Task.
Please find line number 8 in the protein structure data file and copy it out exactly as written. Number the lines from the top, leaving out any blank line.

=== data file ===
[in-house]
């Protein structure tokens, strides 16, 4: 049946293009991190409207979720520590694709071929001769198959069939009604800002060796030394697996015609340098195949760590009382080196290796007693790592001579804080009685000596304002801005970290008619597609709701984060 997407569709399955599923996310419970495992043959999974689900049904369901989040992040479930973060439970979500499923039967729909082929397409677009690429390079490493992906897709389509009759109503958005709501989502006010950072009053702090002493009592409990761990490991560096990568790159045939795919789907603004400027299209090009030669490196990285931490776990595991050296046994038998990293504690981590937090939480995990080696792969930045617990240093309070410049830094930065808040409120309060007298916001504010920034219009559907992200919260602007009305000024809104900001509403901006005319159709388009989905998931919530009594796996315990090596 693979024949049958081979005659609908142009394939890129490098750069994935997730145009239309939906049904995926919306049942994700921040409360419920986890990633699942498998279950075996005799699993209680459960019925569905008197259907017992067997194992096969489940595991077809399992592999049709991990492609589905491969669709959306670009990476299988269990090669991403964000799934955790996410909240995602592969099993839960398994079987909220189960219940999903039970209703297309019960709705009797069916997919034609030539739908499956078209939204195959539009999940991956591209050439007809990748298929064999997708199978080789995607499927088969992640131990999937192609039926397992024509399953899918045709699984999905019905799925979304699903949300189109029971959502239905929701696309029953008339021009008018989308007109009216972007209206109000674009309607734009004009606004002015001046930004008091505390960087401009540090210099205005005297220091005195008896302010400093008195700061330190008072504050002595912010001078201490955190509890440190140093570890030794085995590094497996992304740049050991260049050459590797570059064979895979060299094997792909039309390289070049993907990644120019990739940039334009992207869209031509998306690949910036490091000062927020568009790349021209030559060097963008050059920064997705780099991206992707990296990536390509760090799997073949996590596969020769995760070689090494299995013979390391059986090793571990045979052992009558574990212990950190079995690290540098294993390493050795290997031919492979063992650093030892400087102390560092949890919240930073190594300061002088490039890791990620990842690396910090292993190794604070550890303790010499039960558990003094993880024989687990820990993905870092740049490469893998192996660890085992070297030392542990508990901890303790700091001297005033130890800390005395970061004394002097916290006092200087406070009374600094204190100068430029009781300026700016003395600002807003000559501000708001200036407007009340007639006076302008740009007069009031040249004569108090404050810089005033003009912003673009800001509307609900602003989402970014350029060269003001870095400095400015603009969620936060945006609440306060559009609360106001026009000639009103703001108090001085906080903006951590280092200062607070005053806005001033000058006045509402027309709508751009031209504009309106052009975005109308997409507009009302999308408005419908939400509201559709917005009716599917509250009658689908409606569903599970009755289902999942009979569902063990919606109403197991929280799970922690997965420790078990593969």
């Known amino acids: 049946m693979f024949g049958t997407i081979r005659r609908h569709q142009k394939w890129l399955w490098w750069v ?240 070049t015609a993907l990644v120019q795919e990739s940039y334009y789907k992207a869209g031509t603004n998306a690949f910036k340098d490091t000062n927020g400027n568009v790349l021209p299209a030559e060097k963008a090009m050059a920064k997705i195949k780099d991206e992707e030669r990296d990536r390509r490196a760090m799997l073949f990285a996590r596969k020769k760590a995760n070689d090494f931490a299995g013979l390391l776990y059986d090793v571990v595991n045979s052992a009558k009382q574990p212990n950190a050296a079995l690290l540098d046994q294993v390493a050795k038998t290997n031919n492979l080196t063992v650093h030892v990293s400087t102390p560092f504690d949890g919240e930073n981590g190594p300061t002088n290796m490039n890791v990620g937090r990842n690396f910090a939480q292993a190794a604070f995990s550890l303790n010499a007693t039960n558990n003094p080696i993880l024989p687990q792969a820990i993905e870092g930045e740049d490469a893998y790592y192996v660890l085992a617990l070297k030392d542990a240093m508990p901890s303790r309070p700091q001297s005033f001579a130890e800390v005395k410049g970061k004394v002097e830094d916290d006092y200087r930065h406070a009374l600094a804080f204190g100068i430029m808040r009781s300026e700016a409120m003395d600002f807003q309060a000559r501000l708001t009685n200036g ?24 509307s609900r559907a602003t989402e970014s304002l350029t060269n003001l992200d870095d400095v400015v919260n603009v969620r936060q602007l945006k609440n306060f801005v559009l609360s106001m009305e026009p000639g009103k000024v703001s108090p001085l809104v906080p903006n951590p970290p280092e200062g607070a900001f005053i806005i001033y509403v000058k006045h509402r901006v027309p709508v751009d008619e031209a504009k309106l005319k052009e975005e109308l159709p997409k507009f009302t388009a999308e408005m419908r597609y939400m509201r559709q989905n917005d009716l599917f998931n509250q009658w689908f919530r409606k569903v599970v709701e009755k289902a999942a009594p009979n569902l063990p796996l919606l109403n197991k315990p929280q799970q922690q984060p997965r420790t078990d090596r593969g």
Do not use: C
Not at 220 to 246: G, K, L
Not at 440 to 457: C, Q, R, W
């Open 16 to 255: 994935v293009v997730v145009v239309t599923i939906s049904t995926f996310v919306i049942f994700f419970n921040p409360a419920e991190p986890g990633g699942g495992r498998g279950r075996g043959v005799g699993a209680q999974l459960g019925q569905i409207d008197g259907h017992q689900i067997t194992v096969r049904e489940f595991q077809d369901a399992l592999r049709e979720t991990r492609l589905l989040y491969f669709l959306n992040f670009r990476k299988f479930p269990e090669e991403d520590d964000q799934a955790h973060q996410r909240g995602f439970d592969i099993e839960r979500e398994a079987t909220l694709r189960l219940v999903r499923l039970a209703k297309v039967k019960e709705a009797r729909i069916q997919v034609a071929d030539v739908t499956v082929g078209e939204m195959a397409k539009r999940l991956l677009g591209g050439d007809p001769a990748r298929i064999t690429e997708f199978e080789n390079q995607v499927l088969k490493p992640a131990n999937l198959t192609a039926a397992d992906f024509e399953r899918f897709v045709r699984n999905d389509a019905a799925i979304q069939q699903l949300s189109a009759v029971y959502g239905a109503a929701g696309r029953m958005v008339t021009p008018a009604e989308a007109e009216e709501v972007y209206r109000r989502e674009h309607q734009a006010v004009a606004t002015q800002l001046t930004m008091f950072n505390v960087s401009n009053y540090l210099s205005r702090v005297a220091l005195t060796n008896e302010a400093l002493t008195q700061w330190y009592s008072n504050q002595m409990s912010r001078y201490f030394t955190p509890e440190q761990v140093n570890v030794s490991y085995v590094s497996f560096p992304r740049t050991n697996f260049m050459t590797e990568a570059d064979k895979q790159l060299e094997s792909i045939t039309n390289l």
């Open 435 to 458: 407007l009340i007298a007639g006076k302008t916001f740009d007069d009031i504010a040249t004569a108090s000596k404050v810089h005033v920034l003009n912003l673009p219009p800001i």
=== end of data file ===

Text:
């Open 435 to 458: 407007l009340i007298a007639g006076k302008t916001f740009d007069d009031i504010a040249t004569a108090s000596k404050v810089h005033v920034l003009n912003l673009p219009p800001i």